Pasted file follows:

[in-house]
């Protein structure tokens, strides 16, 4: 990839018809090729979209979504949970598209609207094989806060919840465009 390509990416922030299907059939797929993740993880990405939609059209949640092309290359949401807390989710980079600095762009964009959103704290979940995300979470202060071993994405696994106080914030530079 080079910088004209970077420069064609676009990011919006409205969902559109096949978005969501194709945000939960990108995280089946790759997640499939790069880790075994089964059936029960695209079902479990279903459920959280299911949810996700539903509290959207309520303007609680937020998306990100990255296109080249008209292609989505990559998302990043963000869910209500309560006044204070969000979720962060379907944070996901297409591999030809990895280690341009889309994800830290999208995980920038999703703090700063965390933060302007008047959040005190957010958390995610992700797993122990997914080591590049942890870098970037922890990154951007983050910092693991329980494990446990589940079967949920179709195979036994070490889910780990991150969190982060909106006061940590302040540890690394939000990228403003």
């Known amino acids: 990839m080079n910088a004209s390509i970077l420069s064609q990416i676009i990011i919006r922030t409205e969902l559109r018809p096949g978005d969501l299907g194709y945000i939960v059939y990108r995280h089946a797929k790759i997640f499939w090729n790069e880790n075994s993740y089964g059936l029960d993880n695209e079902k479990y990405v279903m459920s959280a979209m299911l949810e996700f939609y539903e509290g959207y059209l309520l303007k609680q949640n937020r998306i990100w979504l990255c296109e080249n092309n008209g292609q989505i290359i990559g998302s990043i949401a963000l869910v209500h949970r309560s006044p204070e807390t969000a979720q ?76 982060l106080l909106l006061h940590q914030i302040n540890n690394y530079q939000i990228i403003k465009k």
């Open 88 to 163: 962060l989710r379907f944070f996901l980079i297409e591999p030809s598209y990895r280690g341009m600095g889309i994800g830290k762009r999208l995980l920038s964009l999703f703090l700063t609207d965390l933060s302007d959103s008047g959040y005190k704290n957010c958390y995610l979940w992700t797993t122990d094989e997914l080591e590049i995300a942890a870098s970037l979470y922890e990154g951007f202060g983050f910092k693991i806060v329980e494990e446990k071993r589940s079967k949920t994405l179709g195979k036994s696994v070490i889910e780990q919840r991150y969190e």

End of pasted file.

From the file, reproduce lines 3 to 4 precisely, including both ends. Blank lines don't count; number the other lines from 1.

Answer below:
């Known amino acids: 990839m080079n910088a004209s390509i970077l420069s064609q990416i676009i990011i919006r922030t409205e969902l559109r018809p096949g978005d969501l299907g194709y945000i939960v059939y990108r995280h089946a797929k790759i997640f499939w090729n790069e880790n075994s993740y089964g059936l029960d993880n695209e079902k479990y990405v279903m459920s959280a979209m299911l949810e996700f939609y539903e509290g959207y059209l309520l303007k609680q949640n937020r998306i990100w979504l990255c296109e080249n092309n008209g292609q989505i290359i990559g998302s990043i949401a963000l869910v209500h949970r309560s006044p204070e807390t969000a979720q ?76 982060l106080l909106l006061h940590q914030i302040n540890n690394y530079q939000i990228i403003k465009k």
């Open 88 to 163: 962060l989710r379907f944070f996901l980079i297409e591999p030809s598209y990895r280690g341009m600095g889309i994800g830290k762009r999208l995980l920038s964009l999703f703090l700063t609207d965390l933060s302007d959103s008047g959040y005190k704290n957010c958390y995610l979940w992700t797993t122990d094989e997914l080591e590049i995300a942890a870098s970037l979470y922890e990154g951007f202060g983050f910092k693991i806060v329980e494990e446990k071993r589940s079967k949920t994405l179709g195979k036994s696994v070490i889910e780990q919840r991150y969190e």